7

So I am trying to make a portable bashrc/bash_profile file. I have a single script that I am symbolically linking to .bashrc, .bash_profile, etc. I am then looking at $0 and switching what I do based on which script was called. The problem is what the shell calls the bashrc script of course it executes bash really which means $0 for me is -bash. $1 further more is not set to the script name.

So my question is, in bash how can I get the name of the script being executed. Not the binary executing it, e.g. bash?

I assume its giving me -bash with $1 not being set because it is really not a new process. Any ideas?

2

The variable BASH_ARGV should work, it appears the script is being sourced

$BASH_ARGV
  • Means this is not generic. When parsing $ARGV you'll have to know about that you have been called by an other script. Maybe I'm wrong. If I'm wrong you should enhance explanation of your answer, e.g. add an example – hek2mgl Feb 12 '13 at 15:02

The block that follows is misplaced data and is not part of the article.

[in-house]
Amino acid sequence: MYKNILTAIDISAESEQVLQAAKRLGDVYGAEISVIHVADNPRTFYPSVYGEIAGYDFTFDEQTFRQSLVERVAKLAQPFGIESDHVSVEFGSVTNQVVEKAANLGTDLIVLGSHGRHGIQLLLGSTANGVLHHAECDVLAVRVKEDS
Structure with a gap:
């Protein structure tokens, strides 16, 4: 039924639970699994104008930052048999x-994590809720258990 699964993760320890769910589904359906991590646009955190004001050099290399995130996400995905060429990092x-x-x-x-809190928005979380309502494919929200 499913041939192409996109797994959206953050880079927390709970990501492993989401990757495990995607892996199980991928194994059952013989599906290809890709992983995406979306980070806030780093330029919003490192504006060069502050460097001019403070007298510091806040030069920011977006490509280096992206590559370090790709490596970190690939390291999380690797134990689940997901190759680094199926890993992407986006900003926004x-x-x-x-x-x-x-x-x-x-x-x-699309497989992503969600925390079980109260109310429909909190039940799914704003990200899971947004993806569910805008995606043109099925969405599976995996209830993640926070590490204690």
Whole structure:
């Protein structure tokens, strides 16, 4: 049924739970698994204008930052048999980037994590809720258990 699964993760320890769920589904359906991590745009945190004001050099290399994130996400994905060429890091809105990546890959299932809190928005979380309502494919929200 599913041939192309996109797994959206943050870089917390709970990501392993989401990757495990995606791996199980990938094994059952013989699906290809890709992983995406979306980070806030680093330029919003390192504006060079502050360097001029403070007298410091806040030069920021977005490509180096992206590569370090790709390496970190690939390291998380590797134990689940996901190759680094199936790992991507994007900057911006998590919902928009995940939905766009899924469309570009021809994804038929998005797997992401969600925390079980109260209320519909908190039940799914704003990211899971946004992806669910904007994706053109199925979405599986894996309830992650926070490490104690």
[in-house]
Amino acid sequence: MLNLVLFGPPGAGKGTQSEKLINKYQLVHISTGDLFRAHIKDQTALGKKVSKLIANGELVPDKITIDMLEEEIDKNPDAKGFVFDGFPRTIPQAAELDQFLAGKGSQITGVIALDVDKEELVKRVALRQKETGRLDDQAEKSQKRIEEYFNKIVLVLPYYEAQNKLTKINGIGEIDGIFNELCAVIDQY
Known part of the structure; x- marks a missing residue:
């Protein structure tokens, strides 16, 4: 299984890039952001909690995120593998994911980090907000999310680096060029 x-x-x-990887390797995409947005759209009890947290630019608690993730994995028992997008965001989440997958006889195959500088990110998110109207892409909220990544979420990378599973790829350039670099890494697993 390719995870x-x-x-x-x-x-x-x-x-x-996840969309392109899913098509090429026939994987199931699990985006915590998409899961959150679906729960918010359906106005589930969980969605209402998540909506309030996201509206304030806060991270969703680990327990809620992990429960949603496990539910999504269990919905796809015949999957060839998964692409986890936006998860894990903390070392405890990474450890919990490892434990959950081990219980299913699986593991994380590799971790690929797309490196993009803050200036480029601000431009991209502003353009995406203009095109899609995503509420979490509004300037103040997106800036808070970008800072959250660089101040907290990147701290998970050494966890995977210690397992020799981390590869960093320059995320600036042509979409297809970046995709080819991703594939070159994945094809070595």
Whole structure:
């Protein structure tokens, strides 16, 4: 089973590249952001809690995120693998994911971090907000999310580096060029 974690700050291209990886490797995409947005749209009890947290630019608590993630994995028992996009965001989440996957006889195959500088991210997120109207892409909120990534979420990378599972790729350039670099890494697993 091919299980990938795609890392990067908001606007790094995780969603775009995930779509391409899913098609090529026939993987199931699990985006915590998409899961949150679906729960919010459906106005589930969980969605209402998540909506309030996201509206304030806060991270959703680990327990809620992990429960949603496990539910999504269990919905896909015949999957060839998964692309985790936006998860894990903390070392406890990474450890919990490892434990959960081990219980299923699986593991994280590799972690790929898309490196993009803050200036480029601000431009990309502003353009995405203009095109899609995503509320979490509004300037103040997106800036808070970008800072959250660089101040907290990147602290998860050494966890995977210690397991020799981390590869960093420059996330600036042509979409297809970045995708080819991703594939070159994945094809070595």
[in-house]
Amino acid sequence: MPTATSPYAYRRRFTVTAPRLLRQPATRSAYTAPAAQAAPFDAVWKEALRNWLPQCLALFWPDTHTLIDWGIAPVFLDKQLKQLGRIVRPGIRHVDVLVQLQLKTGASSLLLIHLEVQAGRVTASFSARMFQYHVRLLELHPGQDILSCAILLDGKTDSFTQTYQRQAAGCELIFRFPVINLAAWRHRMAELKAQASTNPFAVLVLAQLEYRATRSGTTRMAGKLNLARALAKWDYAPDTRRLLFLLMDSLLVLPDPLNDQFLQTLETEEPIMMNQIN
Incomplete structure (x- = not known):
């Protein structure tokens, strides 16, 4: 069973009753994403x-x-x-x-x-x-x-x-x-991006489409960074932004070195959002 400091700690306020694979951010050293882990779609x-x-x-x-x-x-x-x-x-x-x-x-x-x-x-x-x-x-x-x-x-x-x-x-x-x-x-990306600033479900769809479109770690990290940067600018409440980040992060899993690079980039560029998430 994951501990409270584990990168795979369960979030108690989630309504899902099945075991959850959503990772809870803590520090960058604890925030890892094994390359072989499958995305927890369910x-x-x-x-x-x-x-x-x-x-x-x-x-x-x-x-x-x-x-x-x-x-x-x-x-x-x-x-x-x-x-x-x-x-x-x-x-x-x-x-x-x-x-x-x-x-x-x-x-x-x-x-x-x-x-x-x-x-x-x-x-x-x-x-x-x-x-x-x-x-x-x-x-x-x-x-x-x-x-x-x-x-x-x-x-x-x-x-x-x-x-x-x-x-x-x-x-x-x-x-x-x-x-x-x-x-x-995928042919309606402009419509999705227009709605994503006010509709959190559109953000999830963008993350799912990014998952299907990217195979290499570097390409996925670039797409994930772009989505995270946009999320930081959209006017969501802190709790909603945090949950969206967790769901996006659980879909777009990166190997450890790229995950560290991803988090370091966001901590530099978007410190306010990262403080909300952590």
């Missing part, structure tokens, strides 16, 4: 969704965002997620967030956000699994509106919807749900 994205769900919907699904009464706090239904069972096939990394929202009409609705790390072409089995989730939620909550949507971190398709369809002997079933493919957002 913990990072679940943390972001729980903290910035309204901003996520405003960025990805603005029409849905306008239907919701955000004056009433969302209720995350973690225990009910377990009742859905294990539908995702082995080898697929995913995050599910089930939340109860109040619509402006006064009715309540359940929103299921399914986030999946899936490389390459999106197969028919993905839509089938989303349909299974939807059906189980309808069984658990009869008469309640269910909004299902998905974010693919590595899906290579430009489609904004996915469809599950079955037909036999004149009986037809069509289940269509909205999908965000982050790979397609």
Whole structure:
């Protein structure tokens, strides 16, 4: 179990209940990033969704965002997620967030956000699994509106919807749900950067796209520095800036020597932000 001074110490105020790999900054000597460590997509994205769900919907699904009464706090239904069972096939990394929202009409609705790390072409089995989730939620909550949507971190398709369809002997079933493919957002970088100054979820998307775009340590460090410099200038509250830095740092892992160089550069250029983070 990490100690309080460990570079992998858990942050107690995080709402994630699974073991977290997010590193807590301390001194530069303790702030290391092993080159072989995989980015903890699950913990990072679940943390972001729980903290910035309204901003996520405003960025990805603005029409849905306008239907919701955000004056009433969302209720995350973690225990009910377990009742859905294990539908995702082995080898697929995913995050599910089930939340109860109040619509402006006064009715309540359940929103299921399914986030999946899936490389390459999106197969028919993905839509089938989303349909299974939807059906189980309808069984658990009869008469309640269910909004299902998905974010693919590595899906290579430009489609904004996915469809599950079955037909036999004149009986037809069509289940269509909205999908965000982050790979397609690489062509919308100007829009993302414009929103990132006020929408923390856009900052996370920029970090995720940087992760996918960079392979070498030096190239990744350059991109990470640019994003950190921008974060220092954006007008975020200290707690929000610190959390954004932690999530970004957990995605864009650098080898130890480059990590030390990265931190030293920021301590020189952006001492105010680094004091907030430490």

28

Try:

readlink -f ${BASH_SOURCE[0]}

or just:

${BASH_SOURCE[0]}.

Remarks:

$0 only works when user executes "./script.sh"

$BASH_ARGV only works when user executes ". script.sh" or "source script.sh"

${BASH_SOURCE[0]} works on both cases.

readlink -f is useful when symbolic link is used.

  • 1
    This should be the accepted answer since it gives more detail and explains the different scenarios clearer. – piratemurray Jul 20 '15 at 19:31

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